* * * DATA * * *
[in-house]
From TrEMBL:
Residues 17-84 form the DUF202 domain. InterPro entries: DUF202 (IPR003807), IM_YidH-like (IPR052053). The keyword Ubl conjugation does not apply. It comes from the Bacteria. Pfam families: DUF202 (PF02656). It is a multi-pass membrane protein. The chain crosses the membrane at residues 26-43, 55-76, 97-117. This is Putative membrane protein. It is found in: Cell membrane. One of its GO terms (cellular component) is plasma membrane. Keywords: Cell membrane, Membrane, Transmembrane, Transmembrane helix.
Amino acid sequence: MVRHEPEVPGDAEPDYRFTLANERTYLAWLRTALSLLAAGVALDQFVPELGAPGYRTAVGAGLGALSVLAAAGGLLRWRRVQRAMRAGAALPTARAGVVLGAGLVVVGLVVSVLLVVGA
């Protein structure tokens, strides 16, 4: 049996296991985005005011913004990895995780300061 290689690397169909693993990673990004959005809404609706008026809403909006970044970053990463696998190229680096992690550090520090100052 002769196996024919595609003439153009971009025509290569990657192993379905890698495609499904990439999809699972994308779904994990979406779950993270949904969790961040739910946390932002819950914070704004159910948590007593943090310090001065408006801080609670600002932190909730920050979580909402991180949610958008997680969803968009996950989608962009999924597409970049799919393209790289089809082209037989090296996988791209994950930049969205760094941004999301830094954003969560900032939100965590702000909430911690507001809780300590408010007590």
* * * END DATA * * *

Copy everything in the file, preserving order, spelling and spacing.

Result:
[in-house]
From TrEMBL:
Residues 17-84 form the DUF202 domain. InterPro entries: DUF202 (IPR003807), IM_YidH-like (IPR052053). The keyword Ubl conjugation does not apply. It comes from the Bacteria. Pfam families: DUF202 (PF02656). It is a multi-pass membrane protein. The chain crosses the membrane at residues 26-43, 55-76, 97-117. This is Putative membrane protein. It is found in: Cell membrane. One of its GO terms (cellular component) is plasma membrane. Keywords: Cell membrane, Membrane, Transmembrane, Transmembrane helix.
Amino acid sequence: MVRHEPEVPGDAEPDYRFTLANERTYLAWLRTALSLLAAGVALDQFVPELGAPGYRTAVGAGLGALSVLAAAGGLLRWRRVQRAMRAGAALPTARAGVVLGAGLVVVGLVVSVLLVVGA
């Protein structure tokens, strides 16, 4: 049996296991985005005011913004990895995780300061 290689690397169909693993990673990004959005809404609706008026809403909006970044970053990463696998190229680096992690550090520090100052 002769196996024919595609003439153009971009025509290569990657192993379905890698495609499904990439999809699972994308779904994990979406779950993270949904969790961040739910946390932002819950914070704004159910948590007593943090310090001065408006801080609670600002932190909730920050979580909402991180949610958008997680969803968009996950989608962009999924597409970049799919393209790289089809082209037989090296996988791209994950930049969205760094941004999301830094954003969560900032939100965590702000909430911690507001809780300590408010007590």